Mohamad al-Asaad, an organizational official with one of the informal camps in the village of Al-Zouf, said that all camps were deprived of proper drinking water and basic services, such as bathrooms. This has led to the spread of diseases among more than 400 families in this area.
Despite the expansion of these camps with the arrival of new numbers daily, and the deterioration of the situation with the spread of some winter diseases, such as colds and bronchitis, no efforts have been made to improve the situation.
Speaking to Sada al-Sham, Asaad asked why the Civil Defense teams, local councils and other interim government institutions weren’t repairing the roads and distributing new tents able to sustain the difficult climate.
For his part, the director of the Civil Defense center in the northern countryside of Lattakia, Mohamad Hajj Asaad, said that the crisis of bad roads and the poor situation of the camps was the result of “the lack of a local council, which should carry out these matters in its area.”
Some of the liberated areas in northern Syria are distinguished by the presence of active local councils communicating with local and foreign organizations and managing and organizing service projects. But this is different in the Lattakia countryside, which has an absence of these councils despite the large number of displaced people living there.
Majdi Zamou, the former secretary of the local council for the town of Akou in the Jabal Akrad area, said that there were many reasons for the lack of a successful council experience in the provincial countryside. No 1., he said, is “the absence of real support contributing to setting up these councils, in addition to the previous lack of agreement between the main local councils and influential municipalities, which led to high competition and conflicts in the decisions.” This, he said, translated into an absence of projects and work on the ground.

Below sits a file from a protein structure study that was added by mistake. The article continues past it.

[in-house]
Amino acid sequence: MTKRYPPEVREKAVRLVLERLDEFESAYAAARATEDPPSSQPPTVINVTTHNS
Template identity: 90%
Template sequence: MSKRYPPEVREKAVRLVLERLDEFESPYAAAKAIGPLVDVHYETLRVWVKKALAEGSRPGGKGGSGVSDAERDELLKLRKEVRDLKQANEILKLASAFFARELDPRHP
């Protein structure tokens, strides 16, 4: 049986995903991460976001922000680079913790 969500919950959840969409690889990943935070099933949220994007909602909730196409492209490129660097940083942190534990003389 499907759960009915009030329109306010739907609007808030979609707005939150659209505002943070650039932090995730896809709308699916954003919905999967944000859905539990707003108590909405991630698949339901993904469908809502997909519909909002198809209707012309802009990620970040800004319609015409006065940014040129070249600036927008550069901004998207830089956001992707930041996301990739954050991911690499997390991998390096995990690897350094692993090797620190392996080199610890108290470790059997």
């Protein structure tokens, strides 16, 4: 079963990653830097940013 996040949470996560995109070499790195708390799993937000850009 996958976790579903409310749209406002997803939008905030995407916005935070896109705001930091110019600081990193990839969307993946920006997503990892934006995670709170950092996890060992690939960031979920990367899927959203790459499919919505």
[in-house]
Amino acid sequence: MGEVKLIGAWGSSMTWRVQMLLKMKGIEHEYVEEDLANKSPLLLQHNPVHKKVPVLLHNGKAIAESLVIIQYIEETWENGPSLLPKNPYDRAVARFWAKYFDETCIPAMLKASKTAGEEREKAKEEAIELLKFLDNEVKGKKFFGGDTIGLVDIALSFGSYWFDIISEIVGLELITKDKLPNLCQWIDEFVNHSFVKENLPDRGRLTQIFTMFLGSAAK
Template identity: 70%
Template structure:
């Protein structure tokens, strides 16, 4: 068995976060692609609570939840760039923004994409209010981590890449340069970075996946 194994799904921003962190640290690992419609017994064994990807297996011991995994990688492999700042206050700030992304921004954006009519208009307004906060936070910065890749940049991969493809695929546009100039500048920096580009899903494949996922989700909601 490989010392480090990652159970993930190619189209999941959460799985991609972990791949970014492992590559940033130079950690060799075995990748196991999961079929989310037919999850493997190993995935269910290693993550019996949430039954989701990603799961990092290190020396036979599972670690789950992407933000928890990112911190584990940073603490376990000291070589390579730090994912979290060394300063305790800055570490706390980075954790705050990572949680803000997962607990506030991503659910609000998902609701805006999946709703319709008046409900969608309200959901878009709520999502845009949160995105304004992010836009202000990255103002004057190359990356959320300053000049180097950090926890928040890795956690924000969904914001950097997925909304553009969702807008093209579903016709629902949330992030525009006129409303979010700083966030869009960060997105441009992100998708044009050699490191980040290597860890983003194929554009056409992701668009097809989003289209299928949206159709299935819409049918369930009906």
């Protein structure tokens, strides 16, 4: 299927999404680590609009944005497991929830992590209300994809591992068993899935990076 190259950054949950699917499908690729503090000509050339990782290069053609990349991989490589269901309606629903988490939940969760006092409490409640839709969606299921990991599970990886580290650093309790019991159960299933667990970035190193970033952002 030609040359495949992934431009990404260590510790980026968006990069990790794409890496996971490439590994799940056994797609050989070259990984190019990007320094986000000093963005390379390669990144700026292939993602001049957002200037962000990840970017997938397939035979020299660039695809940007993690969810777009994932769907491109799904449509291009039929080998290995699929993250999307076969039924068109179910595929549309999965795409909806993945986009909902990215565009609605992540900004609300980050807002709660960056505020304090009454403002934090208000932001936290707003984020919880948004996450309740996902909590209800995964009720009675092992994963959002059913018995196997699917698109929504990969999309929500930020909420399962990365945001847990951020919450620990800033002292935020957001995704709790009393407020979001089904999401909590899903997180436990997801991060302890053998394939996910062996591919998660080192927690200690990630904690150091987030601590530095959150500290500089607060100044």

Furthermore, Asaad added, residents lost faith in councils as they witnessed independent organizations working alone to provide services. “For a long time, the demands of the displaced people to improve the main road on which cars and trucks cross into the Idleb countryside have increased. After that a foreign group called ACTED paved it, but this road did not last for more than a few months, and then returned to a situation even worse than before because of the poor quality of the asphalt,” Asaad explained.
The extreme weather conditions and floods last year swept away a number of camps in the Lattakia countryside, most prominently the Al-Karama camp, which at the time caused many injuries and material losses among displaced people. In the same area, three children also died last year because of the cold and the spread of lung diseases.
This article was translated and edited by The Syrian Observer. Responsibility for the information and views set out in this article lies entirely with the author.